"Of anybody's money," said Fred stoutly. "I don't care where you go, my dear chap. Ask Cole-he's the biggest shipping lawyer in this city-ask my brother, who, I suppose, is the greatest shipping authority in the world, or-what's the use of asking 'em?-ask yourself. If you're not Saul Tibbetts all over again, if you haven't the instinct and the eye and the brain of a shipowner-why, I'm a Dutchman! That's what I am-a Dutchman!"

He picked up his hat and his lips were pressed tight-a gesture and a grimace which stood for grim conviction.

"What are they worth to-day?" asked Bones, after a pause.

"What are they worth to-day?" Mr. Fred frowned heavily at the ceiling. "Now, what are they worth to-day? I forget how much I've spent on 'em-they're in dock now."

Bones tightened his lips, too.

"They're in dock now?" he said. He scratched his nose. "Dear old Fred

Pole," he said, "you're a jolly old soul. By Jove that's not bad!

'Pole' an' 'soul' rhyme-did you notice it?"

Fred had noticed it.

"It's rum," said Bones, shaking his head, "it is rum how things get about. How did you know, old fellow-citizen, that I was going in for shippin'?"

Mr. Fred Pole did not know that Bones was going in for shipping, but he smiled.

"There are few things that happen in the City that I don't know," he admitted modestly.

"The Tibbetts Line," said Bones firmly, "will fly a house-flag of purple and green diagonally-that is, from corner to corner. There will be a yellow anchor in a blue wreath in one corner and a capital T in a red wreath in the other."

"Original, distinctly original," said Fred in wondering admiration.

"Wherever did you get that idea?"

"I get ideas," confessed Bones, blushing, "some times in the night, sometimes in the day. The fleet"-Bones liked the sound of the word and repeated it-"the fleet will consist of the Augustus, the Sanders-a dear old friend of mine living at Hindhead-the Patricia-another dear old friend of mine living at Hindhead, too-in fact, in the same house. To tell you the truth, dear old Fred Pole, she's married to the other ship. And there'll be the Hamilton, another precious old soul, a very, very, very, very dear friend of mine who's comin' home shortly--"

"Well, what shall we say, Mr. Tibbetts?" said Fred, who had an early luncheon appointment. "Would you care to buy the two boats at the same price we gave your uncle for them?"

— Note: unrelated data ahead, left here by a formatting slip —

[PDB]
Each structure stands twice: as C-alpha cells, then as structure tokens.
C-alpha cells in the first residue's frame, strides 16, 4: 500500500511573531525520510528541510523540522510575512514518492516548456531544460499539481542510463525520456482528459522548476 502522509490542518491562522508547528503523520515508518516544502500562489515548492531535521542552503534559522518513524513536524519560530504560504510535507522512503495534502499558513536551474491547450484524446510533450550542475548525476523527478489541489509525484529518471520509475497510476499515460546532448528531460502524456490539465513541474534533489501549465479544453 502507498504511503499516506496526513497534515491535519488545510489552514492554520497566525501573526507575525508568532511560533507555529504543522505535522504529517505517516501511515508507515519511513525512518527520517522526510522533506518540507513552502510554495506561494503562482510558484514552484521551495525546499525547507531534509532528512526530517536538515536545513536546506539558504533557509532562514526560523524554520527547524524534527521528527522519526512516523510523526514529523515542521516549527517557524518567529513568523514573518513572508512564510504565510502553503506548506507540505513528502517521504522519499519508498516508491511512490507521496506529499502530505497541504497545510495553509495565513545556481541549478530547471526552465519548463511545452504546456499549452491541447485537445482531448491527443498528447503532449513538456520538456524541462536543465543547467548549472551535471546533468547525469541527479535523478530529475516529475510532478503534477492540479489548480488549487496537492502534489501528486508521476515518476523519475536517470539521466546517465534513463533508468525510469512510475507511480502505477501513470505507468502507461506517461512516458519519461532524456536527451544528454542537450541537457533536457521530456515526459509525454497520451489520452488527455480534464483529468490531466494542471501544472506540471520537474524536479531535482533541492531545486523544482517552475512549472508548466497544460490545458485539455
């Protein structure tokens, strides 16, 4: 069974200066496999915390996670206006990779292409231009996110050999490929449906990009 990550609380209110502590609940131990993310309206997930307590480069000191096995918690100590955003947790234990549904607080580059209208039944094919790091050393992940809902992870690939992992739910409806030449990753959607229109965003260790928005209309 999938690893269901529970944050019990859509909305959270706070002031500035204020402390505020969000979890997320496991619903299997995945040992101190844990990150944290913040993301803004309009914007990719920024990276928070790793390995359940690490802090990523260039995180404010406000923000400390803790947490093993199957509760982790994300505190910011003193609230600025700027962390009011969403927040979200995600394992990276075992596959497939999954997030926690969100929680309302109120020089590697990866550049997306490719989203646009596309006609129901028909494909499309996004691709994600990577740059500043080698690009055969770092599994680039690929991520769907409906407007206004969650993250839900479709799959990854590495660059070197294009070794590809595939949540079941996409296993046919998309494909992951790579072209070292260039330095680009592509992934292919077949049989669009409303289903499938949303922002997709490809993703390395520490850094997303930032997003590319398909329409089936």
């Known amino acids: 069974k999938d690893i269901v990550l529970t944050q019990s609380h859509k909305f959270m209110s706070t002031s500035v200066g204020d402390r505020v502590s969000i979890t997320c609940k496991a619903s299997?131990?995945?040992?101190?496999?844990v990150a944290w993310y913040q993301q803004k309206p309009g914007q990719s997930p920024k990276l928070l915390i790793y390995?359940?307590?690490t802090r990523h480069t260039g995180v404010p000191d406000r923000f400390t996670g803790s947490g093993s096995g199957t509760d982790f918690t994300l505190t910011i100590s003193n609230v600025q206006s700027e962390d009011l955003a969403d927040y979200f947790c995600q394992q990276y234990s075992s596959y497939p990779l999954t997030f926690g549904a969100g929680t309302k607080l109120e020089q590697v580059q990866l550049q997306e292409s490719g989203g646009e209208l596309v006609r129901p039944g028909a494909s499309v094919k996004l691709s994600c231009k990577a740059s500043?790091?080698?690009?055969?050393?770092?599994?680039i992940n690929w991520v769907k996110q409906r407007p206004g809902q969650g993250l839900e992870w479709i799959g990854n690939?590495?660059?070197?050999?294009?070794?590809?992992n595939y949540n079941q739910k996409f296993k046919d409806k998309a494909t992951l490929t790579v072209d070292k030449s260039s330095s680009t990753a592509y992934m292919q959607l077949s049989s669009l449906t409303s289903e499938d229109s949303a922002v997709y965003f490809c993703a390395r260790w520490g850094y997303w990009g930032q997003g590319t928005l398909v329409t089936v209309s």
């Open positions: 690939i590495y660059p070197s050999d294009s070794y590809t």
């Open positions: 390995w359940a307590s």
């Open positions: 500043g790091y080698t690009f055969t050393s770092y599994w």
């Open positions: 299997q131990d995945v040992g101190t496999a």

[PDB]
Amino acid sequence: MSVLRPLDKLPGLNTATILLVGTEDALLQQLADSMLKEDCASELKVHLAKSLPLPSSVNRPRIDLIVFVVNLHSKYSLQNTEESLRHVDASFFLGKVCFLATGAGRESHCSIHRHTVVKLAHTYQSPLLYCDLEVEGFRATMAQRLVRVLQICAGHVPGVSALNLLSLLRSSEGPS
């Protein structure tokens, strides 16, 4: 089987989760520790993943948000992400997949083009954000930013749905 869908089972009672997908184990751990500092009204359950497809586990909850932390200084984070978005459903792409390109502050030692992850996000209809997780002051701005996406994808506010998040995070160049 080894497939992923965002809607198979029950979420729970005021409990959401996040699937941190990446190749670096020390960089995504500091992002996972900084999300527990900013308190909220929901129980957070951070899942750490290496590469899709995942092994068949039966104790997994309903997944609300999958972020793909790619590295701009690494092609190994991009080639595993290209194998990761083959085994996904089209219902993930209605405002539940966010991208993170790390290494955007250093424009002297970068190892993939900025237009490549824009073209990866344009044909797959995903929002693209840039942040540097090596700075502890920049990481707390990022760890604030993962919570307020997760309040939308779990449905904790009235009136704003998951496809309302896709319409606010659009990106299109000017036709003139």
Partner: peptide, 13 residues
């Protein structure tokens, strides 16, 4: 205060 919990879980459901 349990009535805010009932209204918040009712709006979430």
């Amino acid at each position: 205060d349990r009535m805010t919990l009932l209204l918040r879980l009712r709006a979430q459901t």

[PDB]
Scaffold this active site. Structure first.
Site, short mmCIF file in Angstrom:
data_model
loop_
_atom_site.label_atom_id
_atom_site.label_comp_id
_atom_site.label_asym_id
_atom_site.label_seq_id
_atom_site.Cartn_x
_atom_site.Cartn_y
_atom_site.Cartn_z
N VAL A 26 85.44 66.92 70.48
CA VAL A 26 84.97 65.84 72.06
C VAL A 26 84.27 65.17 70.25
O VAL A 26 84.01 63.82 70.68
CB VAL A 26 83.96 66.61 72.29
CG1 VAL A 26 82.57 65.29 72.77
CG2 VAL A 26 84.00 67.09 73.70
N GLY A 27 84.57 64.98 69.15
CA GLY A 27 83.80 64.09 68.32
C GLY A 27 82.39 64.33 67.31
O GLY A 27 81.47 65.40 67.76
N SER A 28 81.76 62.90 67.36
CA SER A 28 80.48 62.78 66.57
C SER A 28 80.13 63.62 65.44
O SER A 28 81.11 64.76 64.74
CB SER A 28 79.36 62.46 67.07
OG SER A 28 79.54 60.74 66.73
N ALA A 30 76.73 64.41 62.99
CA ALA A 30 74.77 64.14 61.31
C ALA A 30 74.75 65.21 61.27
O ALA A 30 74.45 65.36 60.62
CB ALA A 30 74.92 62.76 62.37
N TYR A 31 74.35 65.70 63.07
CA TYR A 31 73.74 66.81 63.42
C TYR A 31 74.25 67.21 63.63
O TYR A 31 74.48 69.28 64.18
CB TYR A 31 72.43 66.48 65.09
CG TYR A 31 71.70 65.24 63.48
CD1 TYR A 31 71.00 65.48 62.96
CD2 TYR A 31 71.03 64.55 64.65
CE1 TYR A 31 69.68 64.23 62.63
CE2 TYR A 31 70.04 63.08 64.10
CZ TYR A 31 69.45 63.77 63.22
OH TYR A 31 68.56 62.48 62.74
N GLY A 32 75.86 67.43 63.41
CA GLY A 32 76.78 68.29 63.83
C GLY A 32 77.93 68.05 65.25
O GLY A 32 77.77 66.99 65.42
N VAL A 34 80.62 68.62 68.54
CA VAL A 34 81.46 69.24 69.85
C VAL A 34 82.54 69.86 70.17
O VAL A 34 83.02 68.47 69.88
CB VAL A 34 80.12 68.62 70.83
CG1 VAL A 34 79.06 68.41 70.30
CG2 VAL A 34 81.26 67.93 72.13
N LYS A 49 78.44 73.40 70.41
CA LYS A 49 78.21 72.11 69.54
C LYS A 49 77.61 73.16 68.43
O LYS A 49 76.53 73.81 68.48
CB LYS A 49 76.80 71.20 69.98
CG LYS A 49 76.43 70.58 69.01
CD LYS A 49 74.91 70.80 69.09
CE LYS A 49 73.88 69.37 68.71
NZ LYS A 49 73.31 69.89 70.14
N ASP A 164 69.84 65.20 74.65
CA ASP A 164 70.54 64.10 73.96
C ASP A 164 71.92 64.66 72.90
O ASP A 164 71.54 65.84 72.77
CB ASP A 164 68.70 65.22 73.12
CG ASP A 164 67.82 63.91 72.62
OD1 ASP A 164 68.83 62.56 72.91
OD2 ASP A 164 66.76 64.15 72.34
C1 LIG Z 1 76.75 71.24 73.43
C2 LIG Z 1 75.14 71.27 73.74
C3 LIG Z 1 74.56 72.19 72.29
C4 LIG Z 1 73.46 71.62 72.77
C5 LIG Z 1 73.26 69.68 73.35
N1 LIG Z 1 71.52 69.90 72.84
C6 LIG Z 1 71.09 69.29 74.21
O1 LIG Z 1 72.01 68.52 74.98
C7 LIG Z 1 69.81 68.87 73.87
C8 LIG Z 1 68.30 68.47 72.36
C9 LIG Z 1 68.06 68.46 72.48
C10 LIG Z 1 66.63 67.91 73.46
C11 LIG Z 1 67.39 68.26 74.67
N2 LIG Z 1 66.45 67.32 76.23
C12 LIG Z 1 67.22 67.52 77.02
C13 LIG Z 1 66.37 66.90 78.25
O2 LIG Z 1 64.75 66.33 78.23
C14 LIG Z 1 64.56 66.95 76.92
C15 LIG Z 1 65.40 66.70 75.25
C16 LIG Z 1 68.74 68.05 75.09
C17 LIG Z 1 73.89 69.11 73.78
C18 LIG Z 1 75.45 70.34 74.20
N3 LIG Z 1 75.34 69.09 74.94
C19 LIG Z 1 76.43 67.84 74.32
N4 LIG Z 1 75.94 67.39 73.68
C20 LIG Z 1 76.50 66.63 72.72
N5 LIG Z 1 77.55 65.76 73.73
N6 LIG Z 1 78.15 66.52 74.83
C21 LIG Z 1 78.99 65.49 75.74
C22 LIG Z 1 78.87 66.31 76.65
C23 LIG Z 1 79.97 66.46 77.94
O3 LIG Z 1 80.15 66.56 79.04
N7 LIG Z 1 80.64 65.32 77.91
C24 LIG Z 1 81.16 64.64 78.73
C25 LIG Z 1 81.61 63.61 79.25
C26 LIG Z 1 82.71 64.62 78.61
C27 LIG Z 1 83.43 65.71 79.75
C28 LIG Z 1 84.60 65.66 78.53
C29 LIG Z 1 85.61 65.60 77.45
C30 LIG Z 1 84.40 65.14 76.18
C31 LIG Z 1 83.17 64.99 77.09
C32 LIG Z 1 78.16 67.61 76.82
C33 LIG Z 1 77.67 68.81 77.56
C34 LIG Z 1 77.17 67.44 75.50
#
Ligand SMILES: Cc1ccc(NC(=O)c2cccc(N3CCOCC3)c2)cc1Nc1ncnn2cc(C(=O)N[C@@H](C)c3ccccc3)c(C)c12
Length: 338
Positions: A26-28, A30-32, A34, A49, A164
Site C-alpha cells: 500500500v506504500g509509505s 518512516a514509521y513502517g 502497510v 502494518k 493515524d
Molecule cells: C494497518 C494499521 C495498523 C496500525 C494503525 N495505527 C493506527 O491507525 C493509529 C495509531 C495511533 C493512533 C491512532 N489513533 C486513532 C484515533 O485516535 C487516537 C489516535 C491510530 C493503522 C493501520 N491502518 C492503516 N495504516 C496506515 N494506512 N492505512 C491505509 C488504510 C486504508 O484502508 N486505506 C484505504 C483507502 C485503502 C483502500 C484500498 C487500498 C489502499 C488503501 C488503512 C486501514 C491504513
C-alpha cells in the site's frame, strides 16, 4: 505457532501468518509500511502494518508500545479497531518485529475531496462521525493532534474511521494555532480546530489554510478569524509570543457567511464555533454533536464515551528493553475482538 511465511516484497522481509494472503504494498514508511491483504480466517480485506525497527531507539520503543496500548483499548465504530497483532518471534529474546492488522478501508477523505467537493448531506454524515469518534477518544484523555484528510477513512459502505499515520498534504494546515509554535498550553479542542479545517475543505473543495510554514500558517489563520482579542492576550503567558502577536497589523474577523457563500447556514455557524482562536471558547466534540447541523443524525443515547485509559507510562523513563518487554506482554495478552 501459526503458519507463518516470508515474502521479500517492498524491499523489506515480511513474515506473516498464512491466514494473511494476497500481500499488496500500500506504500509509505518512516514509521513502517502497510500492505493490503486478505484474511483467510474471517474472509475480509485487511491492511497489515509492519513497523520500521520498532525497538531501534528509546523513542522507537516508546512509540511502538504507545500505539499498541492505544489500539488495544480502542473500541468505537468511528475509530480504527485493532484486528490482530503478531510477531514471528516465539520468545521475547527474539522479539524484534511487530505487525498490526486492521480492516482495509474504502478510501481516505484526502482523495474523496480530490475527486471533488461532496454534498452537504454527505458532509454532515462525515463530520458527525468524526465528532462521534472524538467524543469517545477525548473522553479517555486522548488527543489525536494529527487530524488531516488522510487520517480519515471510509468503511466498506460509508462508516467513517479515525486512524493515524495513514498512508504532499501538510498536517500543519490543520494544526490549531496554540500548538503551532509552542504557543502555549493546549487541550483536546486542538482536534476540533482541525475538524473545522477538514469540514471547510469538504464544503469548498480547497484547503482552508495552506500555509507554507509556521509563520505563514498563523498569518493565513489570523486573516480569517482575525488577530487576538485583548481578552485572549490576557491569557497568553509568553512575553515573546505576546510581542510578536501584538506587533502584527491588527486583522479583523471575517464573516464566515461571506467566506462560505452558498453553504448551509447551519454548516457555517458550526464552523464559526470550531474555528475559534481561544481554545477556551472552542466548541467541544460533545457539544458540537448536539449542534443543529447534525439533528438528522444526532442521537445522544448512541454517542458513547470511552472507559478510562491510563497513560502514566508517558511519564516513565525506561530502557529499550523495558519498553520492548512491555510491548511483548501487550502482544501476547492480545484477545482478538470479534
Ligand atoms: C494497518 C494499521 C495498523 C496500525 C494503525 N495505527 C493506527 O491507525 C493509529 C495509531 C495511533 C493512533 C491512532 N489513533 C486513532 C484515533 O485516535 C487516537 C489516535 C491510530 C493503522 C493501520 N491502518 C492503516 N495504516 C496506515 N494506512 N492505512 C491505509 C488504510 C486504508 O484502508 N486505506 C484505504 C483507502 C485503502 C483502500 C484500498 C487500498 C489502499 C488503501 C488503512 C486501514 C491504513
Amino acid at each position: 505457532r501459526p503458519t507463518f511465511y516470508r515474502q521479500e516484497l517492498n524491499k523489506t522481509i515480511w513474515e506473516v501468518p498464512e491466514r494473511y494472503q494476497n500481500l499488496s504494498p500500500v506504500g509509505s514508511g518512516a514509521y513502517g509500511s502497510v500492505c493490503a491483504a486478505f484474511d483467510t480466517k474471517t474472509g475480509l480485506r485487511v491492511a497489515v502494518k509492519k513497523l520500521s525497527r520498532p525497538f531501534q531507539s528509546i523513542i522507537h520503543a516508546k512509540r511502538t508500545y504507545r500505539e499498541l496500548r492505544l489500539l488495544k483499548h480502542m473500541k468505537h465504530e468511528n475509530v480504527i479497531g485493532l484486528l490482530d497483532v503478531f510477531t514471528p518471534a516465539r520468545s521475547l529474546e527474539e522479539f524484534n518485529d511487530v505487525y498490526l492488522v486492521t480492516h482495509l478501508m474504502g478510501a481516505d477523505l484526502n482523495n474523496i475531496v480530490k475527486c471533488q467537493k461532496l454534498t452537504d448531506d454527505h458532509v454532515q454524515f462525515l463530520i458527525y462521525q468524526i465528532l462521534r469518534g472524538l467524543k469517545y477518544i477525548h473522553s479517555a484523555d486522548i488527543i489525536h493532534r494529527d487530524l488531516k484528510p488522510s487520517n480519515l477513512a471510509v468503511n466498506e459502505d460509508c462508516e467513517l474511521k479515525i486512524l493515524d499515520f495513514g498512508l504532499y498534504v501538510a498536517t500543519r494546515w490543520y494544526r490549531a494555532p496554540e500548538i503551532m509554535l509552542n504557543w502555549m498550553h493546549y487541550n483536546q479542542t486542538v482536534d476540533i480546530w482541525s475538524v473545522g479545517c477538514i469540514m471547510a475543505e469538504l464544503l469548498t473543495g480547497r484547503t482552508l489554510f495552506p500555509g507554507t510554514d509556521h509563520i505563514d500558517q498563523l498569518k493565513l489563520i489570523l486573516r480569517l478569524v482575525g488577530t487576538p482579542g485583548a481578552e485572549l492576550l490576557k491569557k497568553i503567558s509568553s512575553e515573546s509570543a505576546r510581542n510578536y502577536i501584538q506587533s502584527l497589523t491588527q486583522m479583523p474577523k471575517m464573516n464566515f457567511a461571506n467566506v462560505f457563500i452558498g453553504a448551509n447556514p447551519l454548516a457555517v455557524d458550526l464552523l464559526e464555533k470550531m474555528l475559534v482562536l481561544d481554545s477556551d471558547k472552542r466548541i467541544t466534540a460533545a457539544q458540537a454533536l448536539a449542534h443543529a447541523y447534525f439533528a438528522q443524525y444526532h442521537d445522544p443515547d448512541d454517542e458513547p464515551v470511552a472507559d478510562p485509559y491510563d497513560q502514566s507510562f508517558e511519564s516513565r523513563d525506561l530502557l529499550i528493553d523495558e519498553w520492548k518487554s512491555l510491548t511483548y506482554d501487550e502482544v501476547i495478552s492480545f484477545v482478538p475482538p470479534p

Bones rang his bell.

"I'm a business man, dear old Fred," said he soberly. "There's no time like the present, and I'll fix the matter-now!"

He said "now" with a ferociousness which was intended to emphasize his hard and inflexible business character.

Fred came into the private office of Pole & Pole after lunch that day, and there was in his face a great light and a peace which was almost beautiful.

But never beamed the face of Fred so radiantly as the countenance of the waiting Joe. He lay back in his chair, his cigar pointing to the ceiling.

"Well, Fred?"-there was an anthem in his voice.

"Very well, Joe." Fred hung up his unnecessary umbrella.

"I've sold the Fairies!"

Joe said it and Fred said it. They said it together. There was the same lilt of triumph in each voice, and both smiles vanished at the identical instant.

"You've sold the Fairies!" they said.

They might have been rehearsing this scene for months, so perfect was the chorus.

"Wait a bit, Joe," said Fred; "let's get the hang of this. I understand that you left the matter to me."

"I did; but, Fred, I was so keen on the idea I had that I had to nip in before you. Of course, I didn't go to him as Pole & Pole--"

"To him? What him?" asked Fred, breathing hard.

"To What's-his-name-Bones."

Fred took his blue silk handkerchief from his pocket and dabbed his face.

"Go on, Joe," he said sadly

"I got him just before he went out to lunch. I sent up the United

Merchant Shippers' card-it's our company, anyway. Not a word about

Pole & Pole."

"Oh, no, of course not!" said Fred.

"And, my boy,"-this was evidently Joe's greatest achievement, for he described the fact with gusto-"not a word about the names of the ships. I just sold him two steamers, so and so tonnage, so and so classification--"

"For how much?"

Fred was mildly curious. It was the curiosity which led a certain political prisoner to feel the edge of the axe before it beheaded him.

"A hundred and twenty thousand!" cried Joe joyously. "He's starting a fleet, he says. He's calling it the Tibbetts Line, and bought a couple of ships only this morning."

Fred examined the ceiling carefully before he spoke.

"Joe," he said, "was it a firm deal? Did you put pen to paper?"

"You-bet-your-dear-sweet-life," said Joe, scornful at the suggestion that he had omitted such an indispensable part of the negotiation.